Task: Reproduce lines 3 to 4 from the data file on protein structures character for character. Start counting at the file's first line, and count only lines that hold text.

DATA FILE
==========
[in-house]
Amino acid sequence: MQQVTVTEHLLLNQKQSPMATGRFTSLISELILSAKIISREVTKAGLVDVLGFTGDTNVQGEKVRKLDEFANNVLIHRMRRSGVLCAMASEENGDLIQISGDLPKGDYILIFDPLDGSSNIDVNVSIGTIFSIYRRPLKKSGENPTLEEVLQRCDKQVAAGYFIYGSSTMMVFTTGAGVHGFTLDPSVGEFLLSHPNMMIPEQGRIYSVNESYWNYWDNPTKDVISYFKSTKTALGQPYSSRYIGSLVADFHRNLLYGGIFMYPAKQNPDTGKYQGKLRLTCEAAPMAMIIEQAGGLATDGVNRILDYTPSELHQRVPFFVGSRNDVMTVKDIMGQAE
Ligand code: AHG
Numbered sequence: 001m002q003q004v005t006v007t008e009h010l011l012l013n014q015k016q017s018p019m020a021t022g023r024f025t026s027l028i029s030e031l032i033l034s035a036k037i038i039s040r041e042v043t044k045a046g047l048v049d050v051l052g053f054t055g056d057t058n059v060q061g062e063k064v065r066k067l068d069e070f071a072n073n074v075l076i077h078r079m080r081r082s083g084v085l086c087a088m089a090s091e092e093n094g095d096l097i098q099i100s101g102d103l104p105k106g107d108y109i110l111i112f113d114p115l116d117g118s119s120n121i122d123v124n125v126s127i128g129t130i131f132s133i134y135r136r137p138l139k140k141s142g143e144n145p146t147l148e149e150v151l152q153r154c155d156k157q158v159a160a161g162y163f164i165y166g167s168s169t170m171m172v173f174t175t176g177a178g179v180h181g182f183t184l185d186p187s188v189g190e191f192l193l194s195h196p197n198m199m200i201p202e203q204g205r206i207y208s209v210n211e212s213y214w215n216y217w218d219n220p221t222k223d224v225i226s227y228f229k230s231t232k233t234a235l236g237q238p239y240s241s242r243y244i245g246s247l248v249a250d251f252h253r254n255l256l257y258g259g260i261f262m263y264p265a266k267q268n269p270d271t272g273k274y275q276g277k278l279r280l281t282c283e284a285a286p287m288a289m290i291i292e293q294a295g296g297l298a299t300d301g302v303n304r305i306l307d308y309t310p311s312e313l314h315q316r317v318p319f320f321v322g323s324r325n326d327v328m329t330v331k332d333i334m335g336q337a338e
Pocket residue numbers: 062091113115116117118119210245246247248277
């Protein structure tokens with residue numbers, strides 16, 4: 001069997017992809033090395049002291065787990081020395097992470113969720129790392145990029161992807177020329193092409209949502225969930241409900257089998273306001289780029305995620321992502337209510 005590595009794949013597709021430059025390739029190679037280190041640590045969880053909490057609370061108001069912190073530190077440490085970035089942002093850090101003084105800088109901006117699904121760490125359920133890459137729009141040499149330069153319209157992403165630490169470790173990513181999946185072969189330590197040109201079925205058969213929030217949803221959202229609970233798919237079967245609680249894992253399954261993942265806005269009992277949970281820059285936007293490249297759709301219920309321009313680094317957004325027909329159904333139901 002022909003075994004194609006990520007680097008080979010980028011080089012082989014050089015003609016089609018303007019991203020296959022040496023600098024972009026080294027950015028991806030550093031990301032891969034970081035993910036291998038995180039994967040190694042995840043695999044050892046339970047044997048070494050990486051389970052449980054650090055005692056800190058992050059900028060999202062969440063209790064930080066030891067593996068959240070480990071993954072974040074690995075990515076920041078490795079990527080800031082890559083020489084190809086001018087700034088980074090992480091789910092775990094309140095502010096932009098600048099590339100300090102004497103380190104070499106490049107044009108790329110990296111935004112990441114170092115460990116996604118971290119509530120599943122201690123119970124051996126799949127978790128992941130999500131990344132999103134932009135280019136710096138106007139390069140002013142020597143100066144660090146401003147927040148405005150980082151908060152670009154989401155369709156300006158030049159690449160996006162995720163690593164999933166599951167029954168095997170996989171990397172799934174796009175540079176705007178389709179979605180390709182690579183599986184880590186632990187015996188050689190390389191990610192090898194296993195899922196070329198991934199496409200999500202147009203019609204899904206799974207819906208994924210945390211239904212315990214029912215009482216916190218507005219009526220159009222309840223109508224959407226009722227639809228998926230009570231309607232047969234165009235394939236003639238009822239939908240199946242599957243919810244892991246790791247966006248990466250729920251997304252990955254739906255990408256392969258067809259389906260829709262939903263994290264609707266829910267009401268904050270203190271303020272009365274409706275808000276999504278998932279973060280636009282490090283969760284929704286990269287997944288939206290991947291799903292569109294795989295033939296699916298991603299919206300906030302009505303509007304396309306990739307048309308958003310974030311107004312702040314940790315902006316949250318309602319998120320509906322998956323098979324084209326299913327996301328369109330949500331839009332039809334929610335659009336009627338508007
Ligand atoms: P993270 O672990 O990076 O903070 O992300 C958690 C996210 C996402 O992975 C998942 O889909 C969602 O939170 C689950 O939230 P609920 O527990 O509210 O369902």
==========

Ligand code: AHG
Numbered sequence: 001m002q003q004v005t006v007t008e009h010l011l012l013n014q015k016q017s018p019m020a021t022g023r024f025t026s027l028i029s030e031l032i033l034s035a036k037i038i039s040r041e042v043t044k045a046g047l048v049d050v051l052g053f054t055g056d057t058n059v060q061g062e063k064v065r066k067l068d069e070f071a072n073n074v075l076i077h078r079m080r081r082s083g084v085l086c087a088m089a090s091e092e093n094g095d096l097i098q099i100s101g102d103l104p105k106g107d108y109i110l111i112f113d114p115l116d117g118s119s120n121i122d123v124n125v126s127i128g129t130i131f132s133i134y135r136r137p138l139k140k141s142g143e144n145p146t147l148e149e150v151l152q153r154c155d156k157q158v159a160a161g162y163f164i165y166g167s168s169t170m171m172v173f174t175t176g177a178g179v180h181g182f183t184l185d186p187s188v189g190e191f192l193l194s195h196p197n198m199m200i201p202e203q204g205r206i207y208s209v210n211e212s213y214w215n216y217w218d219n220p221t222k223d224v225i226s227y228f229k230s231t232k233t234a235l236g237q238p239y240s241s242r243y244i245g246s247l248v249a250d251f252h253r254n255l256l257y258g259g260i261f262m263y264p265a266k267q268n269p270d271t272g273k274y275q276g277k278l279r280l281t282c283e284a285a286p287m288a289m290i291i292e293q294a295g296g297l298a299t300d301g302v303n304r305i306l307d308y309t310p311s312e313l314h315q316r317v318p319f320f321v322g323s324r325n326d327v328m329t330v331k332d333i334m335g336q337a338e